Elaine Watson shares her experiences living with Type 2 diabetes.
Elaine Watson shares her experiences living with Type 2 diabetes. Chris Ison ROK090717cdiabetes1

Thousands of Rocky locals don't know they're living with this disease

A SHOCK diagnosis 40 years ago left Elaine Watson in fear her life was over.

The now 81-year-old has suffered one suspected heart attack, had another con- firmed and lost three toes to type 2 diabetes since 1987.

Elaine is among the 6769 people in the Rockhampton region diagnosed with T2 diabetes, but an astounding 3350 people in the area have the disease and don't know it yet.

Elaine, a passionate singer, said she has lived a rich life, but admits her busy work, lifestyle and family commitments hampered an early diagnosis.

A heart attack in 2003 was a "wake-up call”; she had stopped following doctor's orders after initially losing 25kg while aged in her 40s.

Another blow came when a small scratch on her foot during the Cyclone Marcia clean-up turned into a staph infection. She has since lost three toes.

Elaine now warns others to act on the early warning signs, and follow doctor's orders.

"It's hard to make people understand how important it is... they don't realise it's diabetes, but if you have symptoms get to your doctor straight away,” she said.

"If you are diagnosed, do what you have to do, eat your regular healthy meals, exercise.”

Elaine shared her story as National Diabetes Week kicked off yesterday.

The campaign will also raise awareness about the sudden onset of type 1 diabetes and the danger that may result if diagnosis is delayed.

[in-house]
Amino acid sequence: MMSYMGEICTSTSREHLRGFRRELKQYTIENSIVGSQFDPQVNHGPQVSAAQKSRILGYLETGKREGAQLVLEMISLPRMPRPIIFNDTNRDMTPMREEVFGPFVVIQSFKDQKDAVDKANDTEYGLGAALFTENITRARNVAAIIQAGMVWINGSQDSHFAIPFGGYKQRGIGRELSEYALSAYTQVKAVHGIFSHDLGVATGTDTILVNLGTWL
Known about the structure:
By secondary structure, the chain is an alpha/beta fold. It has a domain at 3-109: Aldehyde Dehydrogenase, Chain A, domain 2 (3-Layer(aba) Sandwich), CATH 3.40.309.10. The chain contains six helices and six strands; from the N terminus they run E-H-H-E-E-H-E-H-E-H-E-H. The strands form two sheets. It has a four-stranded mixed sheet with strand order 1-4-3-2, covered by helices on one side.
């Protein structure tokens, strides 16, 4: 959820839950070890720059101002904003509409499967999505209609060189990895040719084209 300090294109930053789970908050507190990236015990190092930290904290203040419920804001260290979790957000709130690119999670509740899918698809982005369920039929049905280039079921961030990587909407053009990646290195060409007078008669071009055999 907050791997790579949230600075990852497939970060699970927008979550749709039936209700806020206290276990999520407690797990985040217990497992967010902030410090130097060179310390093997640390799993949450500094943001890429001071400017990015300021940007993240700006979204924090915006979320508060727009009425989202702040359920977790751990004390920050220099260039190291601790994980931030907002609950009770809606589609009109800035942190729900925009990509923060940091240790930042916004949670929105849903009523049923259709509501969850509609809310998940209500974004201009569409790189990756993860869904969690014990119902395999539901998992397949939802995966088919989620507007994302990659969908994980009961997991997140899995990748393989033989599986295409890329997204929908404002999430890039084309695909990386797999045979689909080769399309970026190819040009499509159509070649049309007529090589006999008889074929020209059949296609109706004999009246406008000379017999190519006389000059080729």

Diabetes Queensland CEO, adjunct associate professor Michelle Trute, warned T2 diabetes can remain hidden for 10 or more years.

"Anyone can develop diabetes and you don't have to be old or overweight,” Ms Trute said.

"Your future depends on finding out if you're one of the 3350 (people undiagnosed).”

There are about 7600 people, or about 5.9% of the Rockhampton population with all types of diabetes, and 6769 people have already been diagnosed with type 2 diabetes.

These figures are higher than the national average of 5.1% of the population with diabetes.

Symptoms of diabetes include passing urine more often, especially at night; increased thirst; extreme tiredness; unexplained weight loss; slow healing of cuts and wounds; blurred vision.

Diabetes Queensland advise in almost 60% of cases, being informed about your risk of T2 diabetes lets you slow its advance.

Early diagnosis can prevent the onset of serious diabetes-related complications that might otherwise lead to a heart attack, stroke, blindness, kidney disease or limb amputations.

"While you're doing your best to ignore symptoms and thinking you'll deal with it when you have to, the imbalance of glucose in your bloodstream is affecting your arteries, heart, kidneys and most other organs in your body,” Ms Tute said.


  • T1 diabetes is an autoimmune condition that can develop at any age and cannot be prevented. It needs to be diagnosed quickly and requires lifelong daily insulin injections.
  • T2 diabetes is related to lifestyle factors in 60% of cases, but 40% could not have prevented it. Once developed it is a lifelong condition, which can sometimes be managed by healthy eating and exercise.

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